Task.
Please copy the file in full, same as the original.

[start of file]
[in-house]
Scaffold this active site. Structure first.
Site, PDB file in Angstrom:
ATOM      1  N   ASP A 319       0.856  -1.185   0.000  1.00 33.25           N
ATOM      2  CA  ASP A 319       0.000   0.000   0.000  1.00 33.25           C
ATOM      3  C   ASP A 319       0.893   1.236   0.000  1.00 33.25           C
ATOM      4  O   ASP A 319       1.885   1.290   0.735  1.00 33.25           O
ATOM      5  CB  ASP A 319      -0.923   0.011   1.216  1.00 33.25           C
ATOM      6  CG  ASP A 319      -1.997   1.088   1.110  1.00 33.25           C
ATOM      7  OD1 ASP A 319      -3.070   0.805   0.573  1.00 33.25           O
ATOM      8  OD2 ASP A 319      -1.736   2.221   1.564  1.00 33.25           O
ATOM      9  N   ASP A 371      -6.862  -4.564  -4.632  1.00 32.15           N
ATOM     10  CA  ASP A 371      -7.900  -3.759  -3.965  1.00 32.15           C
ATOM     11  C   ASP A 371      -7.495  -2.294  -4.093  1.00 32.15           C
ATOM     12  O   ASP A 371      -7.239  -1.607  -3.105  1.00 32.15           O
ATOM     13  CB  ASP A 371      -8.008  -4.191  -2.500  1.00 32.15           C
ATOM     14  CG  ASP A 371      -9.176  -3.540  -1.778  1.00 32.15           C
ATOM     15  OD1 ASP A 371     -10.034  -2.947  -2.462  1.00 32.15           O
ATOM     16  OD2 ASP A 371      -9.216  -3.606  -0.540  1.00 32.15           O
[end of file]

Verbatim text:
[in-house]
Scaffold this active site. Structure first.
Site, PDB file in Angstrom:
ATOM      1  N   ASP A 319       0.856  -1.185   0.000  1.00 33.25           N
ATOM      2  CA  ASP A 319       0.000   0.000   0.000  1.00 33.25           C
ATOM      3  C   ASP A 319       0.893   1.236   0.000  1.00 33.25           C
ATOM      4  O   ASP A 319       1.885   1.290   0.735  1.00 33.25           O
ATOM      5  CB  ASP A 319      -0.923   0.011   1.216  1.00 33.25           C
ATOM      6  CG  ASP A 319      -1.997   1.088   1.110  1.00 33.25           C
ATOM      7  OD1 ASP A 319      -3.070   0.805   0.573  1.00 33.25           O
ATOM      8  OD2 ASP A 319      -1.736   2.221   1.564  1.00 33.25           O
ATOM      9  N   ASP A 371      -6.862  -4.564  -4.632  1.00 32.15           N
ATOM     10  CA  ASP A 371      -7.900  -3.759  -3.965  1.00 32.15           C
ATOM     11  C   ASP A 371      -7.495  -2.294  -4.093  1.00 32.15           C
ATOM     12  O   ASP A 371      -7.239  -1.607  -3.105  1.00 32.15           O
ATOM     13  CB  ASP A 371      -8.008  -4.191  -2.500  1.00 32.15           C
ATOM     14  CG  ASP A 371      -9.176  -3.540  -1.778  1.00 32.15           C
ATOM     15  OD1 ASP A 371     -10.034  -2.947  -2.462  1.00 32.15           O
ATOM     16  OD2 ASP A 371      -9.216  -3.606  -0.540  1.00 32.15           O